As a historical book, it’s not bad. The details of the Aztec Empire are pretty good, there’s obviously been proper research into the geopolitical situation. This isn’t ‘Alternate History’ as romance fans would recognise it. And Aztec customs and norms affect the plot and the relationship, they don't have the same problems a medieval European couple would. My main complaint would be how un-Aztec Cuauhtémoc feels. He’s presented as a reformer who is trying to reduce sacrifices and promote women and won’t abuse his slaves. And I get that you probably need him to be those things to be a romantic hero but he seems more like a modern man than an Aztec noble.


But for the readers on this site, the part they’re more interested in will be the Alternate timeline. How does this story use it's Alternate History setting? To an extent it’s difficult for that not to feel like an afterthought. Obviously if you want to write a happy ending in the Aztec empire, the Spanish are the Elephant in the room. By setting this in an alternate universe you get to ignore that and there's no need to think about how we got there.


The story is set years after the Spanish have been defeated so the details are skimmed over which is good because the hints we get imply that the Aztecs had launched a naval counter attack on Cuba and Hispaniola afterwards which would be a difficult sell if the story focused on it. But, that’s not the point of the story. The plot is la Malinche helping the Aztecs make peace with their enemies and reform into a stronger empire that can withstand another attack. And that’s a nice optimistic plot, executed well. I’m unconvinced that the Aztec after gaining horses and guns would be inclined to be less imperialistic rather than more but again that’s because the author needs Cuauhtémoc to be a good man and so rarely has him do anything the reader might find too uncomfortable.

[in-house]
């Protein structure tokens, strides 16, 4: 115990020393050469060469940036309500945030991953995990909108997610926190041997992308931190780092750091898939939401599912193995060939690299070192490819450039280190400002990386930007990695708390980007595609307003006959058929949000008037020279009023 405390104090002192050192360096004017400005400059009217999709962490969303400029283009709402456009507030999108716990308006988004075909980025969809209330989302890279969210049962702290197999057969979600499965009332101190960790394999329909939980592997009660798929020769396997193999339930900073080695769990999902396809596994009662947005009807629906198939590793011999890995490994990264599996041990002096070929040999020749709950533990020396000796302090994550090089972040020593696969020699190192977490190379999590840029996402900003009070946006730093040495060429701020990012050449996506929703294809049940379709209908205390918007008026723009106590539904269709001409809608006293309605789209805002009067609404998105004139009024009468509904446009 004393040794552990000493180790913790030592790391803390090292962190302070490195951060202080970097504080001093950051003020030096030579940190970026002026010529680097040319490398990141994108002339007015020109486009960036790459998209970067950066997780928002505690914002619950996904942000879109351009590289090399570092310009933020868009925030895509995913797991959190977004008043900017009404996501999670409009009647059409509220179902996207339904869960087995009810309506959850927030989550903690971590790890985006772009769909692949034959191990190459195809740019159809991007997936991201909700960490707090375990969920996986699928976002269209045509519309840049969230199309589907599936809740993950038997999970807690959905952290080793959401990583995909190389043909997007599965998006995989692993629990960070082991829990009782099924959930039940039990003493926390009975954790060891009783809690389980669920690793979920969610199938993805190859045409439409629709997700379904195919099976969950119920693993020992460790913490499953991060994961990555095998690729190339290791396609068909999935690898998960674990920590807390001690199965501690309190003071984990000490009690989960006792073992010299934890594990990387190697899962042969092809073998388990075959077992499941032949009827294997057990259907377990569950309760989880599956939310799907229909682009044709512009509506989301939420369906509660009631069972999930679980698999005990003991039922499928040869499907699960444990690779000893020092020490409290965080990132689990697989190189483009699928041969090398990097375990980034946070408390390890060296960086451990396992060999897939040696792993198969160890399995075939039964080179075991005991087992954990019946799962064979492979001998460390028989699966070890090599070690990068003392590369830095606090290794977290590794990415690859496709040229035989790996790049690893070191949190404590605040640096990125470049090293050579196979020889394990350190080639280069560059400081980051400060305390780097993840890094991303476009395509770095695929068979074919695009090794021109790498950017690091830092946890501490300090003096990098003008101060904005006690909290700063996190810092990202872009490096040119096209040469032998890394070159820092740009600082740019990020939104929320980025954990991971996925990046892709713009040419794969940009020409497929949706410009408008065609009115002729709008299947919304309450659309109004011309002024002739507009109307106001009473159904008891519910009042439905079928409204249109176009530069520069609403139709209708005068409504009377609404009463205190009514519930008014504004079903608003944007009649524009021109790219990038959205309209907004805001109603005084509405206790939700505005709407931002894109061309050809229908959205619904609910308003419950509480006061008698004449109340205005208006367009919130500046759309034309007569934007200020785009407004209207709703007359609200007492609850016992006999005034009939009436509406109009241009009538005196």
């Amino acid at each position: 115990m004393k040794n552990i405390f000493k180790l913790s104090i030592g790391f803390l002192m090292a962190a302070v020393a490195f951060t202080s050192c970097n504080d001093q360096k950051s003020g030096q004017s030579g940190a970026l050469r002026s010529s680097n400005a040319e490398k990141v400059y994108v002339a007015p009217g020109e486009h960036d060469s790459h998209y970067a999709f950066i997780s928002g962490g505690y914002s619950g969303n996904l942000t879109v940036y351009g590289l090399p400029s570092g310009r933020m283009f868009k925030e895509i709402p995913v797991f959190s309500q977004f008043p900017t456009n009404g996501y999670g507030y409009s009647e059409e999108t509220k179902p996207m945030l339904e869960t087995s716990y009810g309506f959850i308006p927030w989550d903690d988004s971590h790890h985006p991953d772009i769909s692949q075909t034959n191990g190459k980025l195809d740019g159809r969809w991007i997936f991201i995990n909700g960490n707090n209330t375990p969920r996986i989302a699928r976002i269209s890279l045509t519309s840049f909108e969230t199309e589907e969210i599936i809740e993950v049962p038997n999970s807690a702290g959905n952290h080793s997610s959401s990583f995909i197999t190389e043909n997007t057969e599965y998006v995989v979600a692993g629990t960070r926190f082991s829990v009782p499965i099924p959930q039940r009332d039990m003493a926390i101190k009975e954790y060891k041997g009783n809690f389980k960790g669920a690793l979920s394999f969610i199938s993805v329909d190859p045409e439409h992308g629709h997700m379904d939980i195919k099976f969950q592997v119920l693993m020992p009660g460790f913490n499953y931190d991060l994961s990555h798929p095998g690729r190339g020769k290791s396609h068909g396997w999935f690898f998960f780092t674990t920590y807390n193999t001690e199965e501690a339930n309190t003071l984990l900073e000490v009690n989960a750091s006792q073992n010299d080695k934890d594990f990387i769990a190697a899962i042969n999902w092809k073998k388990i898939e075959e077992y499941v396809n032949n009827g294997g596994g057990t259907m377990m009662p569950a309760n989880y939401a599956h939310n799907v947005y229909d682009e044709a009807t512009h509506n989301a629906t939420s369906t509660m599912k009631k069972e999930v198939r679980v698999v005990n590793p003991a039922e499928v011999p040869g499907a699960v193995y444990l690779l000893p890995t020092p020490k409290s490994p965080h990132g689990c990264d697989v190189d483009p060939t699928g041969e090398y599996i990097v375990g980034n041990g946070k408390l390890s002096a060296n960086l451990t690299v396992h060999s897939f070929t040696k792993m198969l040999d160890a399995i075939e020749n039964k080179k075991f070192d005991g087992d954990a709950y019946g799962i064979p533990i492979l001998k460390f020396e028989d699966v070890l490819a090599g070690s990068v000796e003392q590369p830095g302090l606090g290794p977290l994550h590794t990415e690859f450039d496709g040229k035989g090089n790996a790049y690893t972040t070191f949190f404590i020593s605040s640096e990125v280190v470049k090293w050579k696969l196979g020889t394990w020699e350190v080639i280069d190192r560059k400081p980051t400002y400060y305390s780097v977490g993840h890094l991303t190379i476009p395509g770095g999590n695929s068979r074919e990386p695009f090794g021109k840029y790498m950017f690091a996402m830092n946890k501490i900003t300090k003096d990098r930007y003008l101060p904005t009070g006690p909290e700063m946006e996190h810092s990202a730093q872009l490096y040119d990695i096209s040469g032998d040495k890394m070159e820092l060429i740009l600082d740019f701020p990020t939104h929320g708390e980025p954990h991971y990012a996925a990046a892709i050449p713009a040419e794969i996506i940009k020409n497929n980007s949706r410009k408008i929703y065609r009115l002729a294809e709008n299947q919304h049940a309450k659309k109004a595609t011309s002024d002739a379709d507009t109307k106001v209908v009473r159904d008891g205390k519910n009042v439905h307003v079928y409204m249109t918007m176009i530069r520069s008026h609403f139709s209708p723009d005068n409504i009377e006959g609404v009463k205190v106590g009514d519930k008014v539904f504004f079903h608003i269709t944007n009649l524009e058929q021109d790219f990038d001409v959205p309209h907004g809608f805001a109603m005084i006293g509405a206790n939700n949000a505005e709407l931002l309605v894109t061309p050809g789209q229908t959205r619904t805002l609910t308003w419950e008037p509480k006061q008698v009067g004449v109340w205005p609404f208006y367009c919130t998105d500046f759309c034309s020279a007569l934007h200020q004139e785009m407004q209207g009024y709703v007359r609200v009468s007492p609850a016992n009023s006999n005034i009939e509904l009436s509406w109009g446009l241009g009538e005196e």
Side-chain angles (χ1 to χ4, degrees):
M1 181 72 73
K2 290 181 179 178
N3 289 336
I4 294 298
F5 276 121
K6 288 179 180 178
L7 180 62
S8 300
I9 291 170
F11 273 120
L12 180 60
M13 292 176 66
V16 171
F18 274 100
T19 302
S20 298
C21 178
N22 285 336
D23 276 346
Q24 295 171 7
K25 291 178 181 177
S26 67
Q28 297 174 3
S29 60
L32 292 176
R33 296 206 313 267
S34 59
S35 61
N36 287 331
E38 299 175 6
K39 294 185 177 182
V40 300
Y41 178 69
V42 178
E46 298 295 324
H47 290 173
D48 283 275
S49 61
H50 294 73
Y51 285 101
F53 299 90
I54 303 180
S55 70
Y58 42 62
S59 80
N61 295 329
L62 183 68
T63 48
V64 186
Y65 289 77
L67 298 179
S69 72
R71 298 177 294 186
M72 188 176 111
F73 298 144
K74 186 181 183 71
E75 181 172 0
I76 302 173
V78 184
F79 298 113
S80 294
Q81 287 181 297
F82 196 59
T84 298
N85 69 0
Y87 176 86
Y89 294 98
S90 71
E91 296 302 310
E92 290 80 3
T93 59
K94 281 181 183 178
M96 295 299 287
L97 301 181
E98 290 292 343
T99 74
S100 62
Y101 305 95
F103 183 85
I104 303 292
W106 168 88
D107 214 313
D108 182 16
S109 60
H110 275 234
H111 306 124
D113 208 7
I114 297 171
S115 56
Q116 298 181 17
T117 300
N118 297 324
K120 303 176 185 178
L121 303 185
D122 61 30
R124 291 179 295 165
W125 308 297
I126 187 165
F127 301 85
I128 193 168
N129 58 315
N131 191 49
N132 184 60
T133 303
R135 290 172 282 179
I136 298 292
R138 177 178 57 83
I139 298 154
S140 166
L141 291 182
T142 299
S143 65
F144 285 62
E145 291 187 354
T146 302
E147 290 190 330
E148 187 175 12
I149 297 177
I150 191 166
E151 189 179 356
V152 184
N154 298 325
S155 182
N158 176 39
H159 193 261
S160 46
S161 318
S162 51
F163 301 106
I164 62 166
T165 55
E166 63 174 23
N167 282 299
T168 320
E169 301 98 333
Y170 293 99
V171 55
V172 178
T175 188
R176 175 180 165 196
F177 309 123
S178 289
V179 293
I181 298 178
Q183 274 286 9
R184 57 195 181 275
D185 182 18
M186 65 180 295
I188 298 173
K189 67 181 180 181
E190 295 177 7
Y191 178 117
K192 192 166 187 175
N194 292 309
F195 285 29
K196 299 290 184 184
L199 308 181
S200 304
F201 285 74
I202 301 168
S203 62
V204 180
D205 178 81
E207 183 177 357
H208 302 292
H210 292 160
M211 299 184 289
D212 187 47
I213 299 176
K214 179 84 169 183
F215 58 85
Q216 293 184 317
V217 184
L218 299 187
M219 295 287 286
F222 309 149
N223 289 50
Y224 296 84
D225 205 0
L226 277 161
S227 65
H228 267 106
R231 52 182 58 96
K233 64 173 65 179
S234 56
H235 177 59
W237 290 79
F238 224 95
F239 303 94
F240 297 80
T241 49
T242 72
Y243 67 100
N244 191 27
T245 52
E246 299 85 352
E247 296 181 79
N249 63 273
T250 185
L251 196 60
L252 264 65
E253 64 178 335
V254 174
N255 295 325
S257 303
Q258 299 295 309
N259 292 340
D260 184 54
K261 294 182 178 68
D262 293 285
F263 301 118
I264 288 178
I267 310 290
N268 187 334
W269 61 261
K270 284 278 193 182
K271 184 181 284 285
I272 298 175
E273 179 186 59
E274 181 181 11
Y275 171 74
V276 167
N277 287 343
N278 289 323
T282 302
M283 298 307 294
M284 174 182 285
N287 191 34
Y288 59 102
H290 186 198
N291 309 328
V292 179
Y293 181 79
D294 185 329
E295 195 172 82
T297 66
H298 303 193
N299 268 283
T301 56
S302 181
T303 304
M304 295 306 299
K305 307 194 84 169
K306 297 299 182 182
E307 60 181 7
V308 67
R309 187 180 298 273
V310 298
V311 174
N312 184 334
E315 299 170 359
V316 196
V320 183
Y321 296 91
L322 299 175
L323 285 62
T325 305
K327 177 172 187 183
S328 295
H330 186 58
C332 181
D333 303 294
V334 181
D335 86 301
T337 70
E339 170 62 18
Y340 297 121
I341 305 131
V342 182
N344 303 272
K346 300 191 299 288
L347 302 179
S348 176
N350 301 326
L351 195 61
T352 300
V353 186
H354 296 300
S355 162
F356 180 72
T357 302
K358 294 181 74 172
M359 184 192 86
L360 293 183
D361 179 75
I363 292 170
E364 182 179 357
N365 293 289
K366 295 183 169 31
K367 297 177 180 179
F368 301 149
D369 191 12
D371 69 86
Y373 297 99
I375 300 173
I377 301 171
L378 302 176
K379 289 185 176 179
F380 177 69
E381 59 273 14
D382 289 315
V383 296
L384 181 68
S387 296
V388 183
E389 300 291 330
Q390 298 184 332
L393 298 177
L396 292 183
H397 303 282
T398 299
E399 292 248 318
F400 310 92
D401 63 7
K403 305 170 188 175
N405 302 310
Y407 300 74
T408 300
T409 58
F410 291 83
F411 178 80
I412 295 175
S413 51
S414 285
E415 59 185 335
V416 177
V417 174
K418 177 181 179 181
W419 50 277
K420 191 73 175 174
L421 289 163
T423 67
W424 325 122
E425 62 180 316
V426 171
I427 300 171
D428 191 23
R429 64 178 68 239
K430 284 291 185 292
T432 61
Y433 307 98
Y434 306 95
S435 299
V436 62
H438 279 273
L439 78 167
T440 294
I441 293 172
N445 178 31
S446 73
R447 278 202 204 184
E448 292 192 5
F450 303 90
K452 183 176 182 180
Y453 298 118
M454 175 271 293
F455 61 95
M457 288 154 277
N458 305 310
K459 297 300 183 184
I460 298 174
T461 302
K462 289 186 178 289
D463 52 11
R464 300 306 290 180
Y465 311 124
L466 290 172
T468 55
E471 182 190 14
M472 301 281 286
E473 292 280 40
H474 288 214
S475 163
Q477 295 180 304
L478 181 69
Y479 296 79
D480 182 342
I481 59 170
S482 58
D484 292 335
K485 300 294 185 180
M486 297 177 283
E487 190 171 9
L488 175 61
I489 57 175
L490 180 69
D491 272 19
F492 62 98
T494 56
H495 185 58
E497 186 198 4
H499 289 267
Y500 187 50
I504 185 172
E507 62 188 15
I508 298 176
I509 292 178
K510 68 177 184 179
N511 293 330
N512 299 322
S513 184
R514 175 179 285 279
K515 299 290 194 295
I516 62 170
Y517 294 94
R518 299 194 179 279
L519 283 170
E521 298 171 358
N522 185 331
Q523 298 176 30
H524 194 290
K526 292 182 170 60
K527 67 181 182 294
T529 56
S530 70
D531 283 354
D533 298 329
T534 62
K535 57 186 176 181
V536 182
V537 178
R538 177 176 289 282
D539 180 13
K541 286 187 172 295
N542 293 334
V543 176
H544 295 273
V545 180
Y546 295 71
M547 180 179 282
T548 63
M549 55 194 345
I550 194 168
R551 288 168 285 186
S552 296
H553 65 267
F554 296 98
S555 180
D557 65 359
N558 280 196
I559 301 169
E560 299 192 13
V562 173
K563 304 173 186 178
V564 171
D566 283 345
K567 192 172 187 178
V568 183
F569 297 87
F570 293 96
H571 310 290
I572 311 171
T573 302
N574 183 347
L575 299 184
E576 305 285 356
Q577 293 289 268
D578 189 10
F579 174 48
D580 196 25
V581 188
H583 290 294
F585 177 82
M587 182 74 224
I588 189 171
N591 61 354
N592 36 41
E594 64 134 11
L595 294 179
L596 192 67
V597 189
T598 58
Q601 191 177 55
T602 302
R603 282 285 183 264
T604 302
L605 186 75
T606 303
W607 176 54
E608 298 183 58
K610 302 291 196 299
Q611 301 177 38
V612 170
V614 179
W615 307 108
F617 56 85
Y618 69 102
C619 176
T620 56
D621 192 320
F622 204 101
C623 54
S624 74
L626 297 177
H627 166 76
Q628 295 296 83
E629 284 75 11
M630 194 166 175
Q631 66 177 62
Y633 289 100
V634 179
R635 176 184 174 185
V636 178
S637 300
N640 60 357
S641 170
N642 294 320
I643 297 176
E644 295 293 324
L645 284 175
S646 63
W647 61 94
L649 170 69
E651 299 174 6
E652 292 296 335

The point of diversion is supernatural, the Aztec Gods send a vision of the future to Cuauhtémoc who then gets to change it. This is at least somewhat the justification for his pacifistic tack though again I’m not convinced that would be the reaction but it serves the plot purposes of removing Cortés and bringing the heroine to the attention of the hero because he sees her in his vision.


But the details of the book are largely irrelevant in themselves. This is a good if not especially memorable historical romance. As in itself it's very readable but not something I feel a great desire to talk about. As proof of concept for a new genre though, I find it very exciting. It makes a convincing argument for the way Alternate Universe settings can allow authors to tell historical romance stories that they could not in a straight historical setting without distracting from those romances.


I hope both that we see more stories like this from Ms. Morganfield and that more Romance writers choose to follow in her footsteps.